The Navy reps were robots, mechanically shuffling in front of the flag. They played “Taps.” People cried. They fired a couple volleys from M1 rifles. They folded the flag and handed it to the widow. They thanked her for his service—World War II, Korea. They left.      Then a priest, with an unbuttoned white collar and a short-sleeved shirt, approached the cement box containing the ashes. He had a head of white hair and moved like it hurt. He held a booklet but rarely looked at it, not

Short Stories | February 15, 2013

Rules to Die By by Monica Z. Sage

As a child, there were three commandments concerning the ocean.

One: Do not wear a red bathing suit if you intend going into the water.

Two: Do not enter the water during the curse, the crimson tide, Aunt Flo’s visit, being on the rag, or any other miserable AKA for a girl’s period.

Three: Do not go in the water alone.

Number three was common sense; one and two were cited as to avoid shark attack, and they were rules I lived by. Until today, my sixteenth birthday, when I intend to die by them.

Alone on the shore,

Flash Fiction | February 15, 2013

Baring by Hananah Zaheer

Listen to a reading of “Baring” by Hananah Zaheer.

When her husband of twenty years refused to sleep with her, she understood. It was the sort of thing she expected from marriage. But when her boyfriend picked up his clothes and left her naked on the guestroom bed, she was concerned. When he cited discomfort as the reason, she assumed it had to do with her form—and decided to change it. The next morning, she stood naked in front of the mirror, studying herself from all sides. Her breasts were small but firm, having been spared the rigors of breastfeeding.

Flash Fiction | February 15, 2013

Speed Ramp by Gordon Highland

Listen to a reading of “Speed Ramp” by Gordon Highland.

The BB Man was taking aim at that pesky monkey again. That’s what ten-year-old Namesh calls the weathered geezer, because of the air pistol that flies from his waistband at the first sign of annoyance, whether the trespasser is animal or man. No morsel of food would be poached on his watch.     Infrequent meals aside, the shack holds nothing of value, anyway, nor does its curtain offer much sanctuary from the elements: natural or criminal. So poverty-stricken is the railroad town, “even Buddhists are driven to larceny,” the man slurred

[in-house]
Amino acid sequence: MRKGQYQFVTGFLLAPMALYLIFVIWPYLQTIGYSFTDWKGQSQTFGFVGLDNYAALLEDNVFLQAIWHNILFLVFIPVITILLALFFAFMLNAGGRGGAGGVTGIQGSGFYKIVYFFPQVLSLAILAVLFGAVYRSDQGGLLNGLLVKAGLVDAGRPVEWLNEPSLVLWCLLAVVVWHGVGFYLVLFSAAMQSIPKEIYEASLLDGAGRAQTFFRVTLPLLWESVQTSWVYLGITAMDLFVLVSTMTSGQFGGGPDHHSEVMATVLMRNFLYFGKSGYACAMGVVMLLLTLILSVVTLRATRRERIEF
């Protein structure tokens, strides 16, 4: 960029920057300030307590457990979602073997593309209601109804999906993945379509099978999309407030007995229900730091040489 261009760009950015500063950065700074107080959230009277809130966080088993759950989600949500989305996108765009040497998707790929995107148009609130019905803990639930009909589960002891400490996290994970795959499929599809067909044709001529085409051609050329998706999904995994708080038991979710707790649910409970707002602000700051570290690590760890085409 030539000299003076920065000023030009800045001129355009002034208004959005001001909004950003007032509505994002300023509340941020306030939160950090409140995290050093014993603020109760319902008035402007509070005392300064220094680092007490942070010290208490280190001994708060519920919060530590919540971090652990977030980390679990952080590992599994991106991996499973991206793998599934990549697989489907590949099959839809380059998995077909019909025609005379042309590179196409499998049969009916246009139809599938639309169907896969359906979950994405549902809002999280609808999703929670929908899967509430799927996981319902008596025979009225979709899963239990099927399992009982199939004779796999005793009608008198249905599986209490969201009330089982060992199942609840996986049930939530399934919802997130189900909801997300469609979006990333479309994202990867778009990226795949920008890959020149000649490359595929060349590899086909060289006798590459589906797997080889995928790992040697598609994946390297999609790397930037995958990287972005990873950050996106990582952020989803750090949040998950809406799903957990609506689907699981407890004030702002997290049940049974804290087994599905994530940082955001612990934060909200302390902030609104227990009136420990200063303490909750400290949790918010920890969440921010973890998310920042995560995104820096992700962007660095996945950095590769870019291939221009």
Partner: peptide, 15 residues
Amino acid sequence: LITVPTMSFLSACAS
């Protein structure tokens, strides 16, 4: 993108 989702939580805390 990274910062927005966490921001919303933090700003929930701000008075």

Short Stories | February 15, 2013

Jawbone by Catherine Carberry

When we came to this island, my husband’s company had already rented us an apartment, a tall glass building on an unpopular beach. The building is nearly vacant. An airline rents a few apartments for cabin crew, and a Japanese corporation has a timeshare. Sometimes, cigarette smoke curls up from the balcony below us. Once I heard children running up and down the stairs. I opened the door to see a boy, perhaps four years old, peeing on the welcome mat of the apartment next door. From our terrace I can see my husband’s ship as it cuts through the

Flash Fiction | February 15, 2013

3 City Prose Poems by Claudia Serea

The Way Home

It was a strange, dilapidated city that looked a lot like Bucharest, but everyone spoke English. I was trying to find my way home, to find the subway entrance, or a bus stop. You picked me up and drove through rusty rail yards, along mountains of dirt, mangled metal, and machinery parts. I was cold. You gave me your jacket and a poetry book about salamanders. I thought you wanted to save me, but you only wanted to teach me a lesson. Poetry doesn’t save anyone, you said. It only messes with your head.

On A Clear

Poetry | February 15, 2013

Sunken by Shebana Coelho

Listen to a reading of “Sunken” by Shebana Coelho.

a small man full of anger loved me with all the scotch in his soul the rasp of the sea close the sting of the waves closer

we lived in a house empty save for a towel pretending to be a curtain and a curtain pretending to be a home and a man pretending to be flesh

whisky drowned the floors we sank every night we sank

About the author:

Shebana Coelho is new to poetry but has fallen for it, hook, line and sinker. She also writes fiction, makes films,

Poetry | February 15, 2013


There is no correspondent with enchanted sentiments. Delete, as the prospects grow dimmer, summer gone shorter, no glamorous win to report.

I will sip Bud at magic show and pony ring. The frantic psychic will gesticulate, as drips of funnel cake dot the limits of grandiosity.

If the one who loves me is reading this, my luck has finally changed. Someone to wink at the dart game, drink with the traveling barker. Await his song, stung by sound.

About the author:

Laurie Barton lives in southern California where she teaches English to international ex-pats and immigrants. She has received the